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Journal of the American Society of Nephrology ; 32:84, 2021.
Article in English | EMBASE | ID: covidwho-1489488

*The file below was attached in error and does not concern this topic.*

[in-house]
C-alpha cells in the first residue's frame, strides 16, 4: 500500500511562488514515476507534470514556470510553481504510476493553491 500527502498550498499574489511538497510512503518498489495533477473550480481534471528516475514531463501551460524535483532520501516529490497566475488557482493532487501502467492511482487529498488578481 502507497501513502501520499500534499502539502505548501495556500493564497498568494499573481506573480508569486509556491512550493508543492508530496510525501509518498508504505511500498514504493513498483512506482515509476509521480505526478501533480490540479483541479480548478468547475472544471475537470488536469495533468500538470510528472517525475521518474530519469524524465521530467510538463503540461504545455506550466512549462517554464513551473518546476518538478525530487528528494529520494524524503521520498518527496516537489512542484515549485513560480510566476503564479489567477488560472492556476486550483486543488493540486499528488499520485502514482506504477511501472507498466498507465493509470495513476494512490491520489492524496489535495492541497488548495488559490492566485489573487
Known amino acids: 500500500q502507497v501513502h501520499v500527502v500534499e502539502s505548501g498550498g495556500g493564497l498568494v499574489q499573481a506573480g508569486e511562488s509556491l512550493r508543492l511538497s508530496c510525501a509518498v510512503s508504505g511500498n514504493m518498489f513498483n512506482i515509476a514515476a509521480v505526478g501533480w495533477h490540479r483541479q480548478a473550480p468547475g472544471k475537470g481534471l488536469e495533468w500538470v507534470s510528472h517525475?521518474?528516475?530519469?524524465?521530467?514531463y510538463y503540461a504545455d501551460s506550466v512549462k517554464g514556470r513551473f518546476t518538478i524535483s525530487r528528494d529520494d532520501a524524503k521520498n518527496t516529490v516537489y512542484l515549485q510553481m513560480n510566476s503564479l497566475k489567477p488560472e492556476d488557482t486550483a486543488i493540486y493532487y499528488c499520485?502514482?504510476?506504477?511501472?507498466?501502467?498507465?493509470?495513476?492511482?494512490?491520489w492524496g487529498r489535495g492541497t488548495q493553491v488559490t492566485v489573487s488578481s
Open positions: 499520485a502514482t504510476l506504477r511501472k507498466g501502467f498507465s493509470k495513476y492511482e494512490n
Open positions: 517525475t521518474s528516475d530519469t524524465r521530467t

Background: Broad adoption of vaccination against severe acute respiratory syndrome coronavirus 2 (SARS-CoV-2) is key to fighting the spread of Covid-19. Hemodialysis patients are at increased risk of exposure to SARS-CoV2 and associated with high morbidity and mortality if they contract Covid-19, therefore attaining high vaccination rates in dialysis patients is of utmost importance. The aim of this study was to establish the prevalence of vaccine hesitance across the multi-ethnic population of dialysis patients in North East London, and to assess whether vaccine uptake could be improved by offering vaccination in a familiar setting by trusted healthcare professionals. Methods: Prior to the initiation of the hemodialysis vaccine programme, a survey was conducted of 837 in-centre haemodialysis patients to identify those willing to accept the vaccine. The vaccine was then offered to all haemodialysis patients during their dialysis attendance, by their dialysis team of nurses and nephrologists. Results: Of 674 responses, 476 (71%) patients reported willingness to accept the vaccine. However only 41% of the 232 patients of Black ethnicity stated that they would accept the vaccine with 59% undecided or declined, compared to acceptance of 77% and 82% of the Asian and White patients respectively (p<0.0001). The actual acceptance rate was significantly higher in all ethnic groups than that predicted by the survey (82.2% uptake in total), with 71.5%, 86.0% and 89.3% in Black, Asian and White cohorts respectively (p<0.0001). In total, 59.1% of patients who responded 'no' in the initial survey, accepted the vaccine when offered on the unit. Conclusions: Though vaccine hesitancy remains a concern, even in this particularly vulnerable patient group, our data show that uptake can be improved by offering Covid-19 vaccination in a familiar environment by a trusted healthcare team.